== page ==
Simply by interchanging the numbers in printf I.e,

  1. printf("before swap:First Var.=%d\tSecond Var.=%d\n" ,i,j);
    9.printf("After Swap: First Var.d\n" ,j,i);

OK, but nothing was swapped. A swap of values doesn't mean simply reordering the variables in the print statement.

1.printf("beforeswap:FirstVar.=%d\tsecondVar.=%d\n",i,j); 9.printf("AfterSwap:FirstVar.=%d\secondvar=%d\n",j,i);

Sir,this is not reordering,but assigning values in different way,by this the variable values get swapped.

@charishma: What you do is swapping by printing two variables on the screen. You do not swap their values in memory.

Yes, I too accept sir,but in this program we just need output I.e.,swapping but I think there is no use of memory in this program output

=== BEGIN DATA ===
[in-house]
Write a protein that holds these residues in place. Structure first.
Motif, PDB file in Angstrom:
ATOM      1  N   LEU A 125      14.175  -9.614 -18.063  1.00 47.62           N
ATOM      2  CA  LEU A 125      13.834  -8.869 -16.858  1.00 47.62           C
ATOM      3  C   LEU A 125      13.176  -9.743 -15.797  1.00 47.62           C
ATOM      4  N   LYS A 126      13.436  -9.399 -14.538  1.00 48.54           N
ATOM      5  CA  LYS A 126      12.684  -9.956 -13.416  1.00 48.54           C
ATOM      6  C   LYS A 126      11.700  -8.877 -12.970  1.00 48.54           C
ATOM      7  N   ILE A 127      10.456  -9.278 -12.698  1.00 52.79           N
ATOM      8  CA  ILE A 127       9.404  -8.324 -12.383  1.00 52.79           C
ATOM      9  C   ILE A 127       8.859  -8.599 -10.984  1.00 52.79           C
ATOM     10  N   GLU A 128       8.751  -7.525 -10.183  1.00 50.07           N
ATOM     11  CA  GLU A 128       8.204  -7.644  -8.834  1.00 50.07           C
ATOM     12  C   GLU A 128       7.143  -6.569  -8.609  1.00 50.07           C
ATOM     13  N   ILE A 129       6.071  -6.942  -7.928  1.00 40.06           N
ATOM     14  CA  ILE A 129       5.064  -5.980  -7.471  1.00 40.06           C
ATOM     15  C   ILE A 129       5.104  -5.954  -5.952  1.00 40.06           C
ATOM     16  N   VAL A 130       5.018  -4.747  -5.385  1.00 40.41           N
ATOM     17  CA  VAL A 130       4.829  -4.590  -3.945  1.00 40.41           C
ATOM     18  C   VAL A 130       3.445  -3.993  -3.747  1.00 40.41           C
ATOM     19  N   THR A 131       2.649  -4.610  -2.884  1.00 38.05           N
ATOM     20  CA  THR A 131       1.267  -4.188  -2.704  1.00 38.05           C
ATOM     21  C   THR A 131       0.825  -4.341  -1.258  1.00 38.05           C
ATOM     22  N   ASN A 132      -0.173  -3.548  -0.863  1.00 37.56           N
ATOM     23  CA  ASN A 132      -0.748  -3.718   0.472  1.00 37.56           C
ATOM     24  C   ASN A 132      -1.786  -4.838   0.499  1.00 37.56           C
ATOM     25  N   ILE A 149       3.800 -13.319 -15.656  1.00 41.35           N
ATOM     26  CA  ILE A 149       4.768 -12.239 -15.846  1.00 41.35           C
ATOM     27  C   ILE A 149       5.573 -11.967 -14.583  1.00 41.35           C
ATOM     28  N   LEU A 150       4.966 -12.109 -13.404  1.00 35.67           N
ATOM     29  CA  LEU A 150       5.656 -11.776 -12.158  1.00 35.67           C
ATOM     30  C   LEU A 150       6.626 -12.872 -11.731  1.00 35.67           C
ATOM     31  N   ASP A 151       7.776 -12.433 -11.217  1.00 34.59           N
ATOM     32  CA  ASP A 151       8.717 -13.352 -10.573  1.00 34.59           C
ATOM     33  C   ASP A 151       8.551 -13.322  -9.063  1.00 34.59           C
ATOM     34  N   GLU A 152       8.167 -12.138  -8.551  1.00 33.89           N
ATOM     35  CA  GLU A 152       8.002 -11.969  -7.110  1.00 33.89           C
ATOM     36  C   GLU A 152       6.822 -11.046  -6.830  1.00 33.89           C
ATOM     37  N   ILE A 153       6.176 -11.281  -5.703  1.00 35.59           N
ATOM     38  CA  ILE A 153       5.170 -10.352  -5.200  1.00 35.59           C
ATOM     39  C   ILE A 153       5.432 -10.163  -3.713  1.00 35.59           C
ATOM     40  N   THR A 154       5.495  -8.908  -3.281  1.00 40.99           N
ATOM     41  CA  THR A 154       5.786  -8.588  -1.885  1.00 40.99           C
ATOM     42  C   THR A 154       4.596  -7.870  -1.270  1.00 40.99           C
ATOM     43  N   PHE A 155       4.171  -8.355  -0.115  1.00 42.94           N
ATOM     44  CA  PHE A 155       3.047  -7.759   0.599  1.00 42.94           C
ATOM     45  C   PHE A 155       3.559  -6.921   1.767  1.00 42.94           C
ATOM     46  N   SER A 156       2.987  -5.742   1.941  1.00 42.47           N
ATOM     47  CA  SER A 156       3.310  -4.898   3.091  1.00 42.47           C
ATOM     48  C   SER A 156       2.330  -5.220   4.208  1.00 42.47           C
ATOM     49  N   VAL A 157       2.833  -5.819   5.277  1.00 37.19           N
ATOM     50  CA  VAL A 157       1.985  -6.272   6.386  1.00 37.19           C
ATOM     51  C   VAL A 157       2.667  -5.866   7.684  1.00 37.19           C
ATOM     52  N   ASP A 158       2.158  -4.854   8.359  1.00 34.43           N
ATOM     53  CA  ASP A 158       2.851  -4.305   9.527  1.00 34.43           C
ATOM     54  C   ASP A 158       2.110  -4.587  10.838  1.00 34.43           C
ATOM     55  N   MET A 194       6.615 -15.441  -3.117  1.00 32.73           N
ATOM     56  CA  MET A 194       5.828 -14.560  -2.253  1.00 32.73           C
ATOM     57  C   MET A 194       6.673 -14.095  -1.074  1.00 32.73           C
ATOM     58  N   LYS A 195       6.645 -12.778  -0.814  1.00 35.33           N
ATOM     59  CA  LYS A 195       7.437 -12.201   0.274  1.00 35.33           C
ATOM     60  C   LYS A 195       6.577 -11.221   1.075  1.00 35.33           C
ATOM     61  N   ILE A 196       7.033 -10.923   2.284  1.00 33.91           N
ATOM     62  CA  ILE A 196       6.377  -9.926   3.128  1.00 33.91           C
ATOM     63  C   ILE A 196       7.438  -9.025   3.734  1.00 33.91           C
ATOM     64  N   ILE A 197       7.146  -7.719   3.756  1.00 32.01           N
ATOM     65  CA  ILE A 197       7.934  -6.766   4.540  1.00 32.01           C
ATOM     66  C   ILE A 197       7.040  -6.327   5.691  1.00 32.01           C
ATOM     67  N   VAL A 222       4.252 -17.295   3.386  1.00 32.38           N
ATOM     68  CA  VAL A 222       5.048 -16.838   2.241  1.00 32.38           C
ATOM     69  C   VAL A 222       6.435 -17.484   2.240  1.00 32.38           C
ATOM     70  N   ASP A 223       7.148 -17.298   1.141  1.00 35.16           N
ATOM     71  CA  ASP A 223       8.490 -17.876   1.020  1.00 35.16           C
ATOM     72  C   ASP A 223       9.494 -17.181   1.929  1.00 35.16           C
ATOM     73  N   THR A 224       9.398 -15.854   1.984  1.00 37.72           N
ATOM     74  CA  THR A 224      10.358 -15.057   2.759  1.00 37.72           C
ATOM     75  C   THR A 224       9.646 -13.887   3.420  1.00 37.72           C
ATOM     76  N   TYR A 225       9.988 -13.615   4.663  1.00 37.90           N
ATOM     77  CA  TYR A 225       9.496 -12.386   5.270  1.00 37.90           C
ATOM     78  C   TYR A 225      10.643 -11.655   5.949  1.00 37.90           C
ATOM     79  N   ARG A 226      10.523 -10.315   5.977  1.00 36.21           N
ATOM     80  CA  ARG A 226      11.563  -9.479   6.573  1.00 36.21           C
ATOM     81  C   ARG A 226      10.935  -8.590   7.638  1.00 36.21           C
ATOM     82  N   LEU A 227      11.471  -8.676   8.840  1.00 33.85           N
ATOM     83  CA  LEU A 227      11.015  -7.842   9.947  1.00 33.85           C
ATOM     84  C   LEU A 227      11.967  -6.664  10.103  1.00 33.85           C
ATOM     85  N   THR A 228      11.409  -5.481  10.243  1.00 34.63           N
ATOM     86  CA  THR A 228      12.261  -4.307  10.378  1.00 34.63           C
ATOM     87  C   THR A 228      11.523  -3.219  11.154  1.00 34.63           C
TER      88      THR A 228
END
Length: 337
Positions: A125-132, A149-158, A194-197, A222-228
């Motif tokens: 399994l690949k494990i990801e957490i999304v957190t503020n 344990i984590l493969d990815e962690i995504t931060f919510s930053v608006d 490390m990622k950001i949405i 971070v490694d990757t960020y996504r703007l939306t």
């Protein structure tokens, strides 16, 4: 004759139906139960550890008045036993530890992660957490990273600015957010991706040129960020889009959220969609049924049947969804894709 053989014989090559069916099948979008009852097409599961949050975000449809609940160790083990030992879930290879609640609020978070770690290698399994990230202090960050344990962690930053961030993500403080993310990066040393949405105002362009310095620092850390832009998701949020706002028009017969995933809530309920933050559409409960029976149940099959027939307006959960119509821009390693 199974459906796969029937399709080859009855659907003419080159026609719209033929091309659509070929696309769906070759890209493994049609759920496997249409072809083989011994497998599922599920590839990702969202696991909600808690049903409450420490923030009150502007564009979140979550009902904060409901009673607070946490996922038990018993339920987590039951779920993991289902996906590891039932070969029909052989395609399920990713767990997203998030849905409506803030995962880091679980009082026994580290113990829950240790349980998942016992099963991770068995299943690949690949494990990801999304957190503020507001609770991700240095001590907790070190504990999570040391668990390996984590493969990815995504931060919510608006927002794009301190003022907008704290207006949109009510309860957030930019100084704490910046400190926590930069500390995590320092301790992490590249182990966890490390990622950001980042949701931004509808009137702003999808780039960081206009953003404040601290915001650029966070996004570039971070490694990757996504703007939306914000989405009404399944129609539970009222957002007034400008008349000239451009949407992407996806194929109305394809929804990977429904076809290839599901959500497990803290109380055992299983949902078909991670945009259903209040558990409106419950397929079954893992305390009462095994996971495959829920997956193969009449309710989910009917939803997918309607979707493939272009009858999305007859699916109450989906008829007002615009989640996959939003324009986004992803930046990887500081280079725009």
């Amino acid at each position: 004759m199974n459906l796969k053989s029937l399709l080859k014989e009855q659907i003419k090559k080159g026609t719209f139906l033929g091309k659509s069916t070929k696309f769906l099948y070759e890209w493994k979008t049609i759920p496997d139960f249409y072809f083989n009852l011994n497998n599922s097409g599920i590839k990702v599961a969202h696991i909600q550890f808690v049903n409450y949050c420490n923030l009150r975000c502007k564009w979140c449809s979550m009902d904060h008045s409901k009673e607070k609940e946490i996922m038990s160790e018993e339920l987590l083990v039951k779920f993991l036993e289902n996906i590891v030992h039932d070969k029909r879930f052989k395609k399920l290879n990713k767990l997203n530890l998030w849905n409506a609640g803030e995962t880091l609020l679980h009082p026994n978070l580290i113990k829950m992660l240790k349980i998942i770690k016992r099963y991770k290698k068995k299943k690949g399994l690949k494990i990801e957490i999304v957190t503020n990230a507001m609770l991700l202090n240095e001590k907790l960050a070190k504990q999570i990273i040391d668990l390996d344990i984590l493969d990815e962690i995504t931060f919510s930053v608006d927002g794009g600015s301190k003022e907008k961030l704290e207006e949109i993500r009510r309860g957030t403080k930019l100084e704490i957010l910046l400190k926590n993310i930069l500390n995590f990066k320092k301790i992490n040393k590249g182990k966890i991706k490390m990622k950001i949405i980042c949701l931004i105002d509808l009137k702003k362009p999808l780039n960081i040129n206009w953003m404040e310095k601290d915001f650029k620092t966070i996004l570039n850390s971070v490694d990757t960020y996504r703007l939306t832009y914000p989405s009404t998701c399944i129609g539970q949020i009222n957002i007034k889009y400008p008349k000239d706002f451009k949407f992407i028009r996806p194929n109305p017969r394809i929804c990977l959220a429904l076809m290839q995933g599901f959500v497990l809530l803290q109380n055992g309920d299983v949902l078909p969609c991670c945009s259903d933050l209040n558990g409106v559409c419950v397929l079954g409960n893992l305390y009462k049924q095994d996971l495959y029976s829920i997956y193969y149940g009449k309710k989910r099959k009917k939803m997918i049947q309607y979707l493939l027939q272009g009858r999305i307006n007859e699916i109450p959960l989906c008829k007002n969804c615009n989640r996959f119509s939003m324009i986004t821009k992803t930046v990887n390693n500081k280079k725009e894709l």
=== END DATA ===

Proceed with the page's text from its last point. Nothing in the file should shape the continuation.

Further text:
If you actually have to swap them, there are ways to do it without using any more variables. My favourite is this:

i ^= j;
j ^= i; 
i ^= j; 

I will show you how to swap numbers.
void main()


int x, y;
printf("Enter two positive numbers");
printf("The swapped numbers are %d and %d",x,y);
/* Comments: Let x=3 and y=4;
    so y=x+y will give y= 3+4 y=7 x=3
    x=y-x will give x = 7-3 x=4 y=7
    Finally y=y-x will give y= 7-4 y=3 x=4

commented: great! +14

Yes sir,swap 2no.s with memory then I go with your method but just swap means I will go with my method because it has less no. of statements

I will go with my method because it has less no. of statements

That's a poor reason not to use his code. If you post the exact assignment I'm willing to wager that your instructor wants you to swap the variables in memory, not just on the console screen.